What You’re Up Against

If you're a type 2 diabetic, the standard medical treatment of insulin supplementation is based on your continuing to eat a diet "rich in whole grains," sugar, junk, and so on. In essence, you're supplementing with a powerful hormone that does all sorts of damage to tissues long term, so you can eat cake, pie, bread, candy, sodas, etc.

You're taking a drug in order to eat inferior, less nutritious (or anti-nutritious) food. It's that factual; that simple.

Now, I certainly imagine a need for insulin supplementation for some few people, but I doubt most. Dr. Bernstein's free forum, for instance, is chalk full of former type 2 diabetics who became more knowledgeable than the doctors treating them, cut out the junk, went high fat, and cured their diabetes. Natural dietary fat is the key and secret.

The root cause of America's obesity and diabetes epidemic is ignorant fear of fat.

Now, today, a couple of readers send me a link to a BBC article.

Alzheimer's 'is brain diabetes'

When I saw the title, I assumed it might be something to substantiate what we paleo types continually drone on about: eat a nutritious diet, one that does not include non-nutritious, relatively empty calories like grains and sugars that push out the high nutrition of meat / fish, natural fats, veggies, fruits, and nuts. This will keep your insulin low, and consequently, you won't develop insulin resistance.

But instead:

Treating Alzheimer's with the hormone insulin, or with drugs to boost its effect, may help patients, they claim.

The journal Proceedings of the National Academy of Sciences reports insulin could protect against damage to brain cells key to memory.

UK experts said the find could be the basis of new drug treatments.

The article also says father on (twice, in fact) that those with type 2 are at higher risk for developing Alzheimer's. So, let's do 2+2. Both type 2, and now it appears, Alzheimer's, perhaps, are caused by insulin resistance, which means: your blood glucose is too high too much of the time (from eating too many carbs — grains / sugars — too often), your body pumps out the insulin to bring it down; and over a period of time, you become resistant to it. It doesn't have the same effect on you.

You're already familiar with this phenomenon. Try going drink for drink with an alcoholic. You'll be passed out before he's even slurring speech. Bum a smoke from a friend. If you inhale and finish it, you'll be green faced, sweating, heart racing, and likely hugging the porcelain soon enough. Many examples abound.

So, returning to the article, it ought to be clear enough, by now, that what you're up against is an out-of-control, state-protected industry (the FDA is a massive economic barrier to competition-scheme; it has little to do with protecting you) that conducts research with its only goal being new drug treatments.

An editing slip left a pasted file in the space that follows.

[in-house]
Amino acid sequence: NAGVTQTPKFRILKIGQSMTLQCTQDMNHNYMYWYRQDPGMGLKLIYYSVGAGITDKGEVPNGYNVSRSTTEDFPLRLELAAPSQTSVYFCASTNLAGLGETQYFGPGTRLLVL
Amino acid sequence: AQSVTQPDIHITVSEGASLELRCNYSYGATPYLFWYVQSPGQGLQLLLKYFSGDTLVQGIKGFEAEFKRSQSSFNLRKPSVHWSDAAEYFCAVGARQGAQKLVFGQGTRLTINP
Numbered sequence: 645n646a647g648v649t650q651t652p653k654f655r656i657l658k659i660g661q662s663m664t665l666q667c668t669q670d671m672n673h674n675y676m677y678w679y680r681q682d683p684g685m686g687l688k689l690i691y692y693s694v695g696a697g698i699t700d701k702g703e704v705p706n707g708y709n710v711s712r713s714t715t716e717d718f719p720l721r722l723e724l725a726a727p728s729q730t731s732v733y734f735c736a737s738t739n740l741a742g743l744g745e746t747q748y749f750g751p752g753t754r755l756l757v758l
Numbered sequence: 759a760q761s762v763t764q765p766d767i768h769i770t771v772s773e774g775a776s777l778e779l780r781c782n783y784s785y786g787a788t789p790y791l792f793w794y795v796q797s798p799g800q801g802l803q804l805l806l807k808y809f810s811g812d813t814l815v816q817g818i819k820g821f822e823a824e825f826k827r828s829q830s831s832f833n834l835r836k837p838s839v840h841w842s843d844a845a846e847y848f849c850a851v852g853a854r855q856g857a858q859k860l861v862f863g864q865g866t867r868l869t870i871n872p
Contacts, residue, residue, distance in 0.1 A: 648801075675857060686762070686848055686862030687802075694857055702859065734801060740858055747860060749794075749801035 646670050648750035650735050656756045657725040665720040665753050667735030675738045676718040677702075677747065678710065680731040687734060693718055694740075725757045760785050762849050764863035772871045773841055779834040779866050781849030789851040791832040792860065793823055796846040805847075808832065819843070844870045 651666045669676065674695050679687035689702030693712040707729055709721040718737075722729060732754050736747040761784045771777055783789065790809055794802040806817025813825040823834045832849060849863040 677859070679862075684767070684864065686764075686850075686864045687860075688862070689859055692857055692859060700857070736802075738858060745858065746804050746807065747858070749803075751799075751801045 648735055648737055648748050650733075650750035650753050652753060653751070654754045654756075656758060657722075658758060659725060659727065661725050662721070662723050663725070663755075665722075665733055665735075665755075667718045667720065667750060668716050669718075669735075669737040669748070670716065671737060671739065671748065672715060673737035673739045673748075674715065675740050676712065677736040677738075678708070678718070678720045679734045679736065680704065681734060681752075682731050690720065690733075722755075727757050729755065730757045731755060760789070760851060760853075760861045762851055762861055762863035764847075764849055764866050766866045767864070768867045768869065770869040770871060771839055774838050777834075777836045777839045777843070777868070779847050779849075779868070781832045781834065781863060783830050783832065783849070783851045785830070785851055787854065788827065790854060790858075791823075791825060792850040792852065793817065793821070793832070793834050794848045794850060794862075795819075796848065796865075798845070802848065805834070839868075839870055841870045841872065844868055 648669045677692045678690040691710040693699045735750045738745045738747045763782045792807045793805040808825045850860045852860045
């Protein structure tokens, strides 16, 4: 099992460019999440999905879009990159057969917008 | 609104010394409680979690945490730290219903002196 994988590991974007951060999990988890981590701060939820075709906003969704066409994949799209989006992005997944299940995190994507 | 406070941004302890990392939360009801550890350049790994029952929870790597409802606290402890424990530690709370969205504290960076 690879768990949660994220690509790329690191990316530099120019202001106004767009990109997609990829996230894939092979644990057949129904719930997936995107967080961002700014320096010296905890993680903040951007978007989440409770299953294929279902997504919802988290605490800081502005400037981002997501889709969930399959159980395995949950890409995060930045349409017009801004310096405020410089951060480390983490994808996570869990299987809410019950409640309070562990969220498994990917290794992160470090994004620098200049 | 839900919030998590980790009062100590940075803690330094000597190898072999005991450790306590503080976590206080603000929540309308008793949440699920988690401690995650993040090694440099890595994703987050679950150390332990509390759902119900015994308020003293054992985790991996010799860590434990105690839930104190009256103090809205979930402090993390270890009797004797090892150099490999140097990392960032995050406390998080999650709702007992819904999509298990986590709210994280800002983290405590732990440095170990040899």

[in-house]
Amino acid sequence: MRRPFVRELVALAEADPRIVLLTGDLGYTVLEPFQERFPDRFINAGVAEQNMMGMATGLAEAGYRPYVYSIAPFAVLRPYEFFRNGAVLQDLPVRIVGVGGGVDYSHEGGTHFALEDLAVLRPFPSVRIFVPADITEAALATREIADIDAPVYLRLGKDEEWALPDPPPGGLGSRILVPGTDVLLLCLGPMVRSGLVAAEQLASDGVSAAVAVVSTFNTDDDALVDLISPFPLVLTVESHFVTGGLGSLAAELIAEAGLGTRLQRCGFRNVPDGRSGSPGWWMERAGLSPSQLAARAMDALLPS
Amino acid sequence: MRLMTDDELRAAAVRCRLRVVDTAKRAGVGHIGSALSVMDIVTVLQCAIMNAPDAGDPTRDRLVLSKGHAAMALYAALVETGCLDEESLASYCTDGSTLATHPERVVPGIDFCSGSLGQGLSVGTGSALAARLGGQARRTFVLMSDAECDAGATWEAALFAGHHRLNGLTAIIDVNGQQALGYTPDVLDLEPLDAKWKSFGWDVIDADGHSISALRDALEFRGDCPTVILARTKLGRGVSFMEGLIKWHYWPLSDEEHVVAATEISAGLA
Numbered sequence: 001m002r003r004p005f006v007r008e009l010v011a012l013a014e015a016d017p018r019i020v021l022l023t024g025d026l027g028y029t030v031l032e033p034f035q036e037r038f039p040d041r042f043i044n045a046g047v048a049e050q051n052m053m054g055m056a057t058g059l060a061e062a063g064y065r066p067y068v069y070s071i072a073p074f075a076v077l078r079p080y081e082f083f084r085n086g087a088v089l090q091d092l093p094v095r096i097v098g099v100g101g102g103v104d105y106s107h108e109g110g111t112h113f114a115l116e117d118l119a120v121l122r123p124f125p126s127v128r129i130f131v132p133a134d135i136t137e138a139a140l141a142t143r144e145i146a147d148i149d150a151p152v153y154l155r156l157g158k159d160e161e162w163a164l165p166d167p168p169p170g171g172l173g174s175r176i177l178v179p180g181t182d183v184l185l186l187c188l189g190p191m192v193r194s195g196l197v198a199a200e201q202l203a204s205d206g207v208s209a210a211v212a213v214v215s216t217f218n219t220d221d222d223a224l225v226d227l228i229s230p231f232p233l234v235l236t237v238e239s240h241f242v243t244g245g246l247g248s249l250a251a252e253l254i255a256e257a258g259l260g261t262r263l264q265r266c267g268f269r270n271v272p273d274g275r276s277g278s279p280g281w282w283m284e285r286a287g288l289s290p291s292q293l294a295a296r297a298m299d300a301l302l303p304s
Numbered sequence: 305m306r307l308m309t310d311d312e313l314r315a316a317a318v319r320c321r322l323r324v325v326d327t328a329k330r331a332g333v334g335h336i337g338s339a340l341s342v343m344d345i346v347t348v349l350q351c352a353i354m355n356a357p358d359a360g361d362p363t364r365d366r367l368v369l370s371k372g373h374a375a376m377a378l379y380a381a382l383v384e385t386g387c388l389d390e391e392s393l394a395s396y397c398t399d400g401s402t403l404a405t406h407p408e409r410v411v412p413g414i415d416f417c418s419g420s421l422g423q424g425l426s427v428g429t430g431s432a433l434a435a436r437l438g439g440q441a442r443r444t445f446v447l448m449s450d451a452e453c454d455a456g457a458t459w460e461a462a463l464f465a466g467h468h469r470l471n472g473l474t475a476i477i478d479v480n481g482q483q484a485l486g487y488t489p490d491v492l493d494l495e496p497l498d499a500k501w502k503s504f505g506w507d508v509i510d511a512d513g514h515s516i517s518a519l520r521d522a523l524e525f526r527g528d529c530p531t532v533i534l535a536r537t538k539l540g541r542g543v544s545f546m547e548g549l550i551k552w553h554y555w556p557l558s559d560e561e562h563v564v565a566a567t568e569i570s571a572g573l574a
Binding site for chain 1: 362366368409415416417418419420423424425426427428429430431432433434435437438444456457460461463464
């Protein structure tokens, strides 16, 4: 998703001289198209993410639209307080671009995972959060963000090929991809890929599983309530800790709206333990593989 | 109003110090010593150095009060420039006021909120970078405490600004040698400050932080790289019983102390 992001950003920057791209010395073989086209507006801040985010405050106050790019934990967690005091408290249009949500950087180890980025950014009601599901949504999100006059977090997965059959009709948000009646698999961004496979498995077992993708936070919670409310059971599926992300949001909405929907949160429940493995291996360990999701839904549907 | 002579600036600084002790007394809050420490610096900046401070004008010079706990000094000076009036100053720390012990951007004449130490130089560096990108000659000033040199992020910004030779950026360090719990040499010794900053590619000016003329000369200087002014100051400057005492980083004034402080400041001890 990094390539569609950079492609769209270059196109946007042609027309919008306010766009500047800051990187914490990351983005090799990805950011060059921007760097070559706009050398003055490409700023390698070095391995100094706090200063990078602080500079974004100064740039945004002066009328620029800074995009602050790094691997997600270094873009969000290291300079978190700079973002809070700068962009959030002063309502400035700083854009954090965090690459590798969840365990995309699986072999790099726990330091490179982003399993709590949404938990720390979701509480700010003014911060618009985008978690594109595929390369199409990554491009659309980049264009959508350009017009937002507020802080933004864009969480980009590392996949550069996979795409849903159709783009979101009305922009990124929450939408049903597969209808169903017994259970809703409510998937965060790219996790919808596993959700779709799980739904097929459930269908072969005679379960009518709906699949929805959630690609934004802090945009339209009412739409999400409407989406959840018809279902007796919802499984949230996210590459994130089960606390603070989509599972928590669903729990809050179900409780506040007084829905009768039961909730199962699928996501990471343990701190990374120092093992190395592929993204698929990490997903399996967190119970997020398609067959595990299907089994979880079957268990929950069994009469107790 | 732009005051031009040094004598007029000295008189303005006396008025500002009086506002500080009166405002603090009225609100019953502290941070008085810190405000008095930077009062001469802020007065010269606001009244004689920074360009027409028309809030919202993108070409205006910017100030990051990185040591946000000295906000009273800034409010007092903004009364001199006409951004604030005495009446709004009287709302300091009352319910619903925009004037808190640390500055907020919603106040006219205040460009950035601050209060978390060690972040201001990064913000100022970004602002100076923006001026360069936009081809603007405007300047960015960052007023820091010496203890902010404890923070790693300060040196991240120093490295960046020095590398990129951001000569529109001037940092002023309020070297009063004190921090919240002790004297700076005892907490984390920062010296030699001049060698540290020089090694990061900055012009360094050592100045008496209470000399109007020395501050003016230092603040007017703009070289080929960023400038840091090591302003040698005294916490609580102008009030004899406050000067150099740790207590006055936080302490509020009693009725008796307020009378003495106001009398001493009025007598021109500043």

Your doctors? Nowadays, most are no better than drug pushers. Drug pushers, however, retain some virtue in that they aren't parading around as "health experts."

Richard Nikoley

I'm Richard Nikoley. Free The Animal began in 2003 and as of 2021, contains 5,000 posts. I blog what I wish...from health, diet, and food to travel and lifestyle; to politics, social antagonism, expat-living location and time independent—while you sleep—income. I celebrate the audacity and hubris to live by your own exclusive authority and take your own chances. Read More


  1. John on February 4, 2009 at 11:22

    I'm a grad student in my last year of a phd in pharmaceutical sciences and its this attitude of treating the symptom and not the problem that has driven me out of research.
    You need to feed the beast and not solve the problem so you get funded next cycle so you put out these articles about potentially health related issues then you make vague suggestions that with "better living through chemistry" we can perhaps develop new treatments. Guess what the next RO1 is going to be focused on.
    Instead maybe we should spend that RO1 money on trying to convince people to live a better lifestyle and make the treatments obsolete before we spend the next 5-10 finding them.

  2. Richard Nikoley on February 4, 2009 at 12:21

    This is a comment from Keith Thomas at (he couldn't get it to post)


    Spot on! Your observation applies to many scientific advances in the field of human physiology. I don't know if scientists are carrying out their research primarily to develop drugs. And if they are whether they are motivated by a desire to help the ill or a desire for career advancement or to get rich. Perhaps tenure track pushes them to hang every possible positive on their work when they go public. Maybe it's the press who, likewise, beat up their report to get their story with their by-line the greatest prominence. However, the same approach is used in most reports of new discoveries or new research results in physiology etc. They become "medical breakthroughs" and reinforce the nutty idea that for every problem there is a pill – and probably a pill-for-life.

    In this case, however, the simple headline "Alzheimers is brain diabetes" certainly helps to focus the mind and even if it turns out to be a metaphor rather than straight science, I expect it will be around for many years – and it'll be helpful.

    And, can I add, Richard, that your brief summary of the way diabetes develops is the clearest one sentence explanation I have ever read. Thanks.

  3. gcb on April 7, 2009 at 10:37

    I seem to recall something about this (possibly in Gary Taubes' book GCBC) – that the same hormone that is responsible for destroying excess insulin in the body is also responsible for cleaning up the plaques in the brain that are implicated in Alzheimers'. As such, if the hormone is spending all its time trying to chew up insulin, it doesn't have time to do its other work, and Alzheimers is the unfortunate result.

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